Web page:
Produced from raw cow’s milk in the Borbera Valley and neighboring valleys near the Piedmont-Liguria, mollana is similar to stracchi, the cheese that was originally used to make the famous ‘foccacia al formaggio di Recco.’ A soft cow’s milk cheese of medium maturation, each form weighs around one kilogram, has a diameter of 20-25 cm and height of 2-3 cm.To make the cheese, the rennet is added at a temperature not greater than 35°C in a tin-plated copper cauldron. After three hours the curd is broken into rice-sized pieces with a skimmer, and then it is left to rest and settle to the bottom. After two hours the curds are removed, wringing them out by hand and placing them into fresciele (molds) made from wood or food-grade plastic. The cheesemaker uses their fists to press down the curds, and then turns the cheeses every three hours, three or four times. The fresciele are then stacked (if they fit together) or pressed down individually with weights, and left until the following morning. The cheeses are then placed on planks of soft wood and covered with special strips of cotton or linen cloth. The forms are left on the planks for three days, and are turned periodically during this period to facilitate the drying. When the rind beings to form, the cheeses are salted on all surfaces. The forms are then stacked and arranged in a container for 24 hours. Following this they are washed and dried and placed back onto the aging planks, where they continue to be turned for at least ten days. At one point, production of mollana almost disappeared, but was revived a few years ago by the Vallenostra dairy in Montebore.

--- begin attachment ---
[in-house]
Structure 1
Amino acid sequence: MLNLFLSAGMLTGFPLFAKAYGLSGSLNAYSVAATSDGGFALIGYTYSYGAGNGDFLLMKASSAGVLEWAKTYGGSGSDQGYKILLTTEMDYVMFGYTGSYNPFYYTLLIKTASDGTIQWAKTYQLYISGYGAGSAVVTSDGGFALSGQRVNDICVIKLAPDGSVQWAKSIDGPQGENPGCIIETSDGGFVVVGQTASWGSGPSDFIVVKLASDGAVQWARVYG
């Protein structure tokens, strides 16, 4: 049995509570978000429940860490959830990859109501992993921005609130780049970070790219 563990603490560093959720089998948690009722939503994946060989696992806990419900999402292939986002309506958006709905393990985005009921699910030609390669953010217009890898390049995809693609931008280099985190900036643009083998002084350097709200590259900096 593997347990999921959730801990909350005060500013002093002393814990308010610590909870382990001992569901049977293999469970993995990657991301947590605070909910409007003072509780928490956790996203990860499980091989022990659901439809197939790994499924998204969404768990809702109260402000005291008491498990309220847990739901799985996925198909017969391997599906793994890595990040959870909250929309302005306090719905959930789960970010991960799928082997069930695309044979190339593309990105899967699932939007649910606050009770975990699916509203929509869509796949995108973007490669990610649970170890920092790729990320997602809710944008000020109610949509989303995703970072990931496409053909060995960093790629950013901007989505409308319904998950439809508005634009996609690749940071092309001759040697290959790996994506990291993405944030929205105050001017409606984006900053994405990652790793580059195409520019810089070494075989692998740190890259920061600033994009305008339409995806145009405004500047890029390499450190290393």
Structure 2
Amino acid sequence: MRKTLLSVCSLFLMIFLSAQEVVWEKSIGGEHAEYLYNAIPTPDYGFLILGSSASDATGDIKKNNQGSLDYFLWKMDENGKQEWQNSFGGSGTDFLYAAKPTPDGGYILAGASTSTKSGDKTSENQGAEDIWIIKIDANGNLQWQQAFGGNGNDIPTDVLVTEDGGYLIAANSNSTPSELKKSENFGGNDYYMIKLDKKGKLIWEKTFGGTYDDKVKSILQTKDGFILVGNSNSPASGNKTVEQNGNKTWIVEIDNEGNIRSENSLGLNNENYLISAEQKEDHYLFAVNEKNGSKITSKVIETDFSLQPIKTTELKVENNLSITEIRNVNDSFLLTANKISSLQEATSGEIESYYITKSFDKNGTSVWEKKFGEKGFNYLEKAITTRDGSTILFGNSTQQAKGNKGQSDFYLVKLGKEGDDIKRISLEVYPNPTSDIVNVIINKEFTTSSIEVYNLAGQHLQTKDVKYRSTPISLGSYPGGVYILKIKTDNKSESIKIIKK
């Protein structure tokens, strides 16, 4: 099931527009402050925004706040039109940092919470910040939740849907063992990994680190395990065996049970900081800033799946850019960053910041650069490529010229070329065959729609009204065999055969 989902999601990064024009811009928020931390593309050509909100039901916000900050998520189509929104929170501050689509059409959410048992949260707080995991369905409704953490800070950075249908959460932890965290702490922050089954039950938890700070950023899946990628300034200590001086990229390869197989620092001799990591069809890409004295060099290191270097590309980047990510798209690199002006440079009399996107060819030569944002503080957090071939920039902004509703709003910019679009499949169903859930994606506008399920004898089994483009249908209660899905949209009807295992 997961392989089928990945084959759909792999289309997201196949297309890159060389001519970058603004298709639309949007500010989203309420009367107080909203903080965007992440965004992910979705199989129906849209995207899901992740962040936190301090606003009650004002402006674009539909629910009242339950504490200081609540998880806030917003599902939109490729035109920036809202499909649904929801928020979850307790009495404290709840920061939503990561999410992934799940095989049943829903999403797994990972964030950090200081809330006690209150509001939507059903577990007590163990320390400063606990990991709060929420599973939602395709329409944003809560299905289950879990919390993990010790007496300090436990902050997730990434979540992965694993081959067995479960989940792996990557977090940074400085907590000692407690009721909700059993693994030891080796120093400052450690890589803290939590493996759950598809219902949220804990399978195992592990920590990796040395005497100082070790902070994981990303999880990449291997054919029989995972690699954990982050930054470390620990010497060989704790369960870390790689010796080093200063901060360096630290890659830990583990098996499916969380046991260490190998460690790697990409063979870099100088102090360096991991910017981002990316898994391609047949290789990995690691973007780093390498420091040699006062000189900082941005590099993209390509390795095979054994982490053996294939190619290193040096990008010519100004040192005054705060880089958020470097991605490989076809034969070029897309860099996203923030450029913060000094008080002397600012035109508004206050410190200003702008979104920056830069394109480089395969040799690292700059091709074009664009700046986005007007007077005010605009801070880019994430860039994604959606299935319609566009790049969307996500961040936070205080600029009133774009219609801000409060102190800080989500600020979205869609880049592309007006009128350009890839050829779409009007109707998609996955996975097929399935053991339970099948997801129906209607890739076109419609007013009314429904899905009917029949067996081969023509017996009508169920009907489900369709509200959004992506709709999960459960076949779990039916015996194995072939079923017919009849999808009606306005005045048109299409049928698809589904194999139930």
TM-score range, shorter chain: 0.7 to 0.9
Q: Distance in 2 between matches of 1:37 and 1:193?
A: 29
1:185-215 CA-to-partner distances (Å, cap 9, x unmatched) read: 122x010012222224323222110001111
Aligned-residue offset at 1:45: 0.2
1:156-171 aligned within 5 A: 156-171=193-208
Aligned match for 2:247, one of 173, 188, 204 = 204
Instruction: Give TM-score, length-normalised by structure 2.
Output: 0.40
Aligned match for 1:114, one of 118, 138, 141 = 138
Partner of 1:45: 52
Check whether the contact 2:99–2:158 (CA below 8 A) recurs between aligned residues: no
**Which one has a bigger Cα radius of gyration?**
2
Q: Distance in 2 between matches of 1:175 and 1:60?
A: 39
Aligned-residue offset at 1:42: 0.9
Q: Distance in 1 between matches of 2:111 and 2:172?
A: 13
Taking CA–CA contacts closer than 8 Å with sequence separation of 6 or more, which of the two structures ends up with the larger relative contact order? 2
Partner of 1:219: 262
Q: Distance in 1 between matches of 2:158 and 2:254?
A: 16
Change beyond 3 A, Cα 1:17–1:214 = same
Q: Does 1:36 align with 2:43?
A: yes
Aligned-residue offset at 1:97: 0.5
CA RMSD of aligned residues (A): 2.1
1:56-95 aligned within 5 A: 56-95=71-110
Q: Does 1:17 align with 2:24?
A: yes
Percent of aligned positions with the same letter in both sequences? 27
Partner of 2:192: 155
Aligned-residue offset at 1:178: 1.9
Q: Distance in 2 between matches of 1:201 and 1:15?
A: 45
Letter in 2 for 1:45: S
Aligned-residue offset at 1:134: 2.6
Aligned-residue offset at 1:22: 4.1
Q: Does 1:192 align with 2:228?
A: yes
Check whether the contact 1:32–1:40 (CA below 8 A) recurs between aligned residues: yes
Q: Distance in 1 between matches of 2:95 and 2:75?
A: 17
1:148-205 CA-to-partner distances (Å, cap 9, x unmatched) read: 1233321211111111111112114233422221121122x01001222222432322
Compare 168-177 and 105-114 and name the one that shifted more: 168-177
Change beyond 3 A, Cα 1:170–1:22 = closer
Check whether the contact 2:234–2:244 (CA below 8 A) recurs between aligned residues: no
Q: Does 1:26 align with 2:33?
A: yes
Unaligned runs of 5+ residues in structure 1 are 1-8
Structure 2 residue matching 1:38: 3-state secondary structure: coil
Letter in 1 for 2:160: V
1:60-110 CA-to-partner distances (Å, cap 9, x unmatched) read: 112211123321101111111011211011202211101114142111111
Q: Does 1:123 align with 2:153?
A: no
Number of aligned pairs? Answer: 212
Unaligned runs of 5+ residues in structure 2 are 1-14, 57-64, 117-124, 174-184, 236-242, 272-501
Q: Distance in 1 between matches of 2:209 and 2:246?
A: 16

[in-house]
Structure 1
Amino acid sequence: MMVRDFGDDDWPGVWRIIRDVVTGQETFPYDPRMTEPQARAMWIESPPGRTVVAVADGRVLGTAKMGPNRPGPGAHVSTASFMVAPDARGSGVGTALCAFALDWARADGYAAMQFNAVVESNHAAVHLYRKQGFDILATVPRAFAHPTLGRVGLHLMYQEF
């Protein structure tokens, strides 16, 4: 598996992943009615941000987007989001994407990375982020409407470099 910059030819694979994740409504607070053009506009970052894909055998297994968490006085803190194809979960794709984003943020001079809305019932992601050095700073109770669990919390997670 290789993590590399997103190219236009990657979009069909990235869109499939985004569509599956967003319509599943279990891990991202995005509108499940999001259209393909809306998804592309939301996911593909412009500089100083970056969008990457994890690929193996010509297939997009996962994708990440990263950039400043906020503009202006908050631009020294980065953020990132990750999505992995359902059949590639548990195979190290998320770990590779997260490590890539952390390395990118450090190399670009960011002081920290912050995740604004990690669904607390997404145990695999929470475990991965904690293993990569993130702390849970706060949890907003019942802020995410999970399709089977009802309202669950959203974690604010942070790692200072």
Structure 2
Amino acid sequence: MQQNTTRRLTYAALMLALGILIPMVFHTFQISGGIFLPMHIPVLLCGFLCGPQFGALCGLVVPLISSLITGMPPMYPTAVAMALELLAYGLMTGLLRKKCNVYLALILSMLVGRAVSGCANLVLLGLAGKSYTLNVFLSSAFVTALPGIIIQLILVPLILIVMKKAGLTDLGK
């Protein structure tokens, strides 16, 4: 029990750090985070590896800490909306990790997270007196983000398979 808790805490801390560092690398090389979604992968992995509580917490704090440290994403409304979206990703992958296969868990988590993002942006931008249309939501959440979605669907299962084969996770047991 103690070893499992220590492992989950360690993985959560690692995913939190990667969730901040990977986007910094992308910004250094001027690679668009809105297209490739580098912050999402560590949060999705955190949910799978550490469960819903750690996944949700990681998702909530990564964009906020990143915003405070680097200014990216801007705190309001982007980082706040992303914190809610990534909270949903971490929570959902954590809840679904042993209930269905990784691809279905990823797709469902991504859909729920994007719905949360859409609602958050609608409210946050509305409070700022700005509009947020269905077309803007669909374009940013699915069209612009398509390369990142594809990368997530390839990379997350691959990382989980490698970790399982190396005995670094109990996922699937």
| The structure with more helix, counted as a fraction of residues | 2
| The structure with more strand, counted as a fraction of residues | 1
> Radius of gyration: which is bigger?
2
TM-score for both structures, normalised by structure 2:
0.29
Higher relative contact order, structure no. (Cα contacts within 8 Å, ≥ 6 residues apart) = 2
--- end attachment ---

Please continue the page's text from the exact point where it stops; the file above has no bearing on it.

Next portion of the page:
The traditional products, local breeds, and know-how collected by the Ark of Taste belong to the communities that have preserved them over time. They have been shared and described here thanks to the efforts of the network that that Slow Food has developed around the world, with the objective of preserving them and raising awareness. The text from these descriptions may be used, without modifications and citing the source, for non-commercial purposes in line with the Slow Food philosophy.